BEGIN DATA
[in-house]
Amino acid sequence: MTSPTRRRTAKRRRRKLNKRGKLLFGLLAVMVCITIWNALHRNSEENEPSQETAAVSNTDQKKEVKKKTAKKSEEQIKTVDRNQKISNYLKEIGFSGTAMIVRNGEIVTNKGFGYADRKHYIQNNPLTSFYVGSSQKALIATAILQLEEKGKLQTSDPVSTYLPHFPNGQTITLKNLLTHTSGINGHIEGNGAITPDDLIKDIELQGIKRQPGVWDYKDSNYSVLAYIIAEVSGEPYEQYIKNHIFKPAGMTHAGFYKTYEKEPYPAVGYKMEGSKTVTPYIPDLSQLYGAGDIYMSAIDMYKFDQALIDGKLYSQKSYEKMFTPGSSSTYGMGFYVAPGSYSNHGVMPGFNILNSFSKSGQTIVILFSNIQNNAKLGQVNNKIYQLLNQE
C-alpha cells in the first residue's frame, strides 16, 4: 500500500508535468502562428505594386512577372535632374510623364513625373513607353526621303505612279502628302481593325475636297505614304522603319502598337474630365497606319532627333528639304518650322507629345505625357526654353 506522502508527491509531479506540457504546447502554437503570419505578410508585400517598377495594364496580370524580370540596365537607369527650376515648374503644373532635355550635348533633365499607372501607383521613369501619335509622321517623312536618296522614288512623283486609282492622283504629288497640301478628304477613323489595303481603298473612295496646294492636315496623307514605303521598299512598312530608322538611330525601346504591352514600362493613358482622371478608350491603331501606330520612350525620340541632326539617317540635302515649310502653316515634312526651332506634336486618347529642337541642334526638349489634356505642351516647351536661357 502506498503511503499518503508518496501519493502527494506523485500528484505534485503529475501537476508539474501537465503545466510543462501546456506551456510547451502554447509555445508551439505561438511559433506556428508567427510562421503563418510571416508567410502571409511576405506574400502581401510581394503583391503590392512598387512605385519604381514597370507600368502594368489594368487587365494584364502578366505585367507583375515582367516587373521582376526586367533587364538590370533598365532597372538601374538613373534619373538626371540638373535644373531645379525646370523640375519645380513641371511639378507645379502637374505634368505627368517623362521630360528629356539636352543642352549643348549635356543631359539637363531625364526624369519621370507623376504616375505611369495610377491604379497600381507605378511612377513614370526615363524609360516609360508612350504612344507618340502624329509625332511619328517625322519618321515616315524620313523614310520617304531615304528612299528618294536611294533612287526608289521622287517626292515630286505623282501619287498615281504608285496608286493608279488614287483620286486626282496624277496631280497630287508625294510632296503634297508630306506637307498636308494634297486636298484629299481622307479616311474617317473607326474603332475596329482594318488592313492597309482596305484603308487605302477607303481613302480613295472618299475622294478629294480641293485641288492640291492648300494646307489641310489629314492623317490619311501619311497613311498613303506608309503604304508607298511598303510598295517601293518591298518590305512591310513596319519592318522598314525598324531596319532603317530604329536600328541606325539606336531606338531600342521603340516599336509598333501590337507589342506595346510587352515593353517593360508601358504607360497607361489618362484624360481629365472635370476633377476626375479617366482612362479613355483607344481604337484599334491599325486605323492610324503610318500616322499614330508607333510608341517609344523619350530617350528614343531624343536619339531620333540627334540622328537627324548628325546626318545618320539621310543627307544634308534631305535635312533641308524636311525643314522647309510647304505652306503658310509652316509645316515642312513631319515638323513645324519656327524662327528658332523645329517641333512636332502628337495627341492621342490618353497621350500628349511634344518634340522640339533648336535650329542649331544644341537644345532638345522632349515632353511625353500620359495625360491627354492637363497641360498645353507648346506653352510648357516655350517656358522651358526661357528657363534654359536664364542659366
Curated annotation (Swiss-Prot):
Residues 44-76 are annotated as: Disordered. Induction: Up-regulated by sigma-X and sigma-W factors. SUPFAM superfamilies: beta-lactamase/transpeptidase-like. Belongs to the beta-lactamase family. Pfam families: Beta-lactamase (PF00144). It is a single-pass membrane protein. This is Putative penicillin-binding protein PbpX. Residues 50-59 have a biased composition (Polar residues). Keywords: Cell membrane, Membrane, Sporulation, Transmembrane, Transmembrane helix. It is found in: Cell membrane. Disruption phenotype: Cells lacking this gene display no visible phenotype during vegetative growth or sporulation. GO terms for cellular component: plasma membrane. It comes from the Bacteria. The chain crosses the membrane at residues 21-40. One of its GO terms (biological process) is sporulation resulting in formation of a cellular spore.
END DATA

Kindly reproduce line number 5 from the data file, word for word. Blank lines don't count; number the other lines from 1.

Residues 44-76 are annotated as: Disordered. Induction: Up-regulated by sigma-X and sigma-W factors. SUPFAM superfamilies: beta-lactamase/transpeptidase-like. Belongs to the beta-lactamase family. Pfam families: Beta-lactamase (PF00144). It is a single-pass membrane protein. This is Putative penicillin-binding protein PbpX. Residues 50-59 have a biased composition (Polar residues). Keywords: Cell membrane, Membrane, Sporulation, Transmembrane, Transmembrane helix. It is found in: Cell membrane. Disruption phenotype: Cells lacking this gene display no visible phenotype during vegetative growth or sporulation. GO terms for cellular component: plasma membrane. It comes from the Bacteria. The chain crosses the membrane at residues 21-40. One of its GO terms (biological process) is sporulation resulting in formation of a cellular spore.